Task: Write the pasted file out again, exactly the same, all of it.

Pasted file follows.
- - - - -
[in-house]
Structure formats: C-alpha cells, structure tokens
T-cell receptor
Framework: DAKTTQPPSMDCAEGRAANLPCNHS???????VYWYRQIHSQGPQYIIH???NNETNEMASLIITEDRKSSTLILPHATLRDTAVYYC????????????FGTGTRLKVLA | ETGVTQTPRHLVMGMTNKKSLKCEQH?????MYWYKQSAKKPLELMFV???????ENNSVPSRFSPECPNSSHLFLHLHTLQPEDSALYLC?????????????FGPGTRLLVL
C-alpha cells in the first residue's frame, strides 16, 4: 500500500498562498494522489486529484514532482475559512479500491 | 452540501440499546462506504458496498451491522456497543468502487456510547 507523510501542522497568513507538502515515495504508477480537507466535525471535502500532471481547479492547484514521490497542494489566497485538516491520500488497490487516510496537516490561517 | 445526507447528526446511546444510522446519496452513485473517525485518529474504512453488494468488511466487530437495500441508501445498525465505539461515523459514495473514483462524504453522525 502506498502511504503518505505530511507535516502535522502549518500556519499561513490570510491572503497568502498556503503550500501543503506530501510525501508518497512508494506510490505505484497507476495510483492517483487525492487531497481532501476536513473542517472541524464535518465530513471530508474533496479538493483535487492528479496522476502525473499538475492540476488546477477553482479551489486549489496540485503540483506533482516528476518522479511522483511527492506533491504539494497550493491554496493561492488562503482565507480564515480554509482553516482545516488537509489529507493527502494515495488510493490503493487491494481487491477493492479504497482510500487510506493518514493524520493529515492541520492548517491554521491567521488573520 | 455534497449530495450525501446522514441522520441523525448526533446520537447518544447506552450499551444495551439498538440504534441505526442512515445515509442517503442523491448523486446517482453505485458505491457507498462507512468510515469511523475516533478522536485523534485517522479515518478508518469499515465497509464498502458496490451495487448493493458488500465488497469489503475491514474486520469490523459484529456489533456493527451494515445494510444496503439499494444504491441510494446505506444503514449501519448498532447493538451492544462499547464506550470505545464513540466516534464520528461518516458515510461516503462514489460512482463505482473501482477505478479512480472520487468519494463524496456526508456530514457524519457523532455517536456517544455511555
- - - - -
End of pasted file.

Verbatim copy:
[in-house]
Structure formats: C-alpha cells, structure tokens
T-cell receptor
Framework: DAKTTQPPSMDCAEGRAANLPCNHS???????VYWYRQIHSQGPQYIIH???NNETNEMASLIITEDRKSSTLILPHATLRDTAVYYC????????????FGTGTRLKVLA | ETGVTQTPRHLVMGMTNKKSLKCEQH?????MYWYKQSAKKPLELMFV???????ENNSVPSRFSPECPNSSHLFLHLHTLQPEDSALYLC?????????????FGPGTRLLVL
C-alpha cells in the first residue's frame, strides 16, 4: 500500500498562498494522489486529484514532482475559512479500491 | 452540501440499546462506504458496498451491522456497543468502487456510547 507523510501542522497568513507538502515515495504508477480537507466535525471535502500532471481547479492547484514521490497542494489566497485538516491520500488497490487516510496537516490561517 | 445526507447528526446511546444510522446519496452513485473517525485518529474504512453488494468488511466487530437495500441508501445498525465505539461515523459514495473514483462524504453522525 502506498502511504503518505505530511507535516502535522502549518500556519499561513490570510491572503497568502498556503503550500501543503506530501510525501508518497512508494506510490505505484497507476495510483492517483487525492487531497481532501476536513473542517472541524464535518465530513471530508474533496479538493483535487492528479496522476502525473499538475492540476488546477477553482479551489486549489496540485503540483506533482516528476518522479511522483511527492506533491504539494497550493491554496493561492488562503482565507480564515480554509482553516482545516488537509489529507493527502494515495488510493490503493487491494481487491477493492479504497482510500487510506493518514493524520493529515492541520492548517491554521491567521488573520 | 455534497449530495450525501446522514441522520441523525448526533446520537447518544447506552450499551444495551439498538440504534441505526442512515445515509442517503442523491448523486446517482453505485458505491457507498462507512468510515469511523475516533478522536485523534485517522479515518478508518469499515465497509464498502458496490451495487448493493458488500465488497469489503475491514474486520469490523459484529456489533456493527451494515445494510444496503439499494444504491441510494446505506444503514449501519448498532447493538451492544462499547464506550470505545464513540466516534464520528461518516458515510461516503462514489460512482463505482473501482477505478479512480472520487468519494463524496456526508456530514457524519457523532455517536456517544455511555